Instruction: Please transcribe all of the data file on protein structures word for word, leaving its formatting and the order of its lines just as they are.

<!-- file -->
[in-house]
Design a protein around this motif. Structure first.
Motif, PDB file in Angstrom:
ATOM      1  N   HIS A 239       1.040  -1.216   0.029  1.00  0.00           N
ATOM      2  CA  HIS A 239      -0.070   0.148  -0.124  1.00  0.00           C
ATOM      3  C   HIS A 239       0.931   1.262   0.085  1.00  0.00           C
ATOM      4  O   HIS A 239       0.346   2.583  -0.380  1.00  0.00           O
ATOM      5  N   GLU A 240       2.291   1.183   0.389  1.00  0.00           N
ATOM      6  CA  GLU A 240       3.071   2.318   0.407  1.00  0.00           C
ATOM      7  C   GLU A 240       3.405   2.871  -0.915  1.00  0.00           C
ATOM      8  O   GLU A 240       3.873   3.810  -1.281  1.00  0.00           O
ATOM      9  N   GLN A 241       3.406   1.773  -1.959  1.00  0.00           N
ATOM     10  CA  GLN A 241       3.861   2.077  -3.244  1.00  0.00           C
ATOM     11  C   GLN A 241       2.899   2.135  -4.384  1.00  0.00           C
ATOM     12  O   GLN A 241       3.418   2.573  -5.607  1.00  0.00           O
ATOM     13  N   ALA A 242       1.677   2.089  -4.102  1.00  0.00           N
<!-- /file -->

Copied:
[in-house]
Design a protein around this motif. Structure first.
Motif, PDB file in Angstrom:
ATOM      1  N   HIS A 239       1.040  -1.216   0.029  1.00  0.00           N
ATOM      2  CA  HIS A 239      -0.070   0.148  -0.124  1.00  0.00           C
ATOM      3  C   HIS A 239       0.931   1.262   0.085  1.00  0.00           C
ATOM      4  O   HIS A 239       0.346   2.583  -0.380  1.00  0.00           O
ATOM      5  N   GLU A 240       2.291   1.183   0.389  1.00  0.00           N
ATOM      6  CA  GLU A 240       3.071   2.318   0.407  1.00  0.00           C
ATOM      7  C   GLU A 240       3.405   2.871  -0.915  1.00  0.00           C
ATOM      8  O   GLU A 240       3.873   3.810  -1.281  1.00  0.00           O
ATOM      9  N   GLN A 241       3.406   1.773  -1.959  1.00  0.00           N
ATOM     10  CA  GLN A 241       3.861   2.077  -3.244  1.00  0.00           C
ATOM     11  C   GLN A 241       2.899   2.135  -4.384  1.00  0.00           C
ATOM     12  O   GLN A 241       3.418   2.573  -5.607  1.00  0.00           O
ATOM     13  N   ALA A 242       1.677   2.089  -4.102  1.00  0.00           N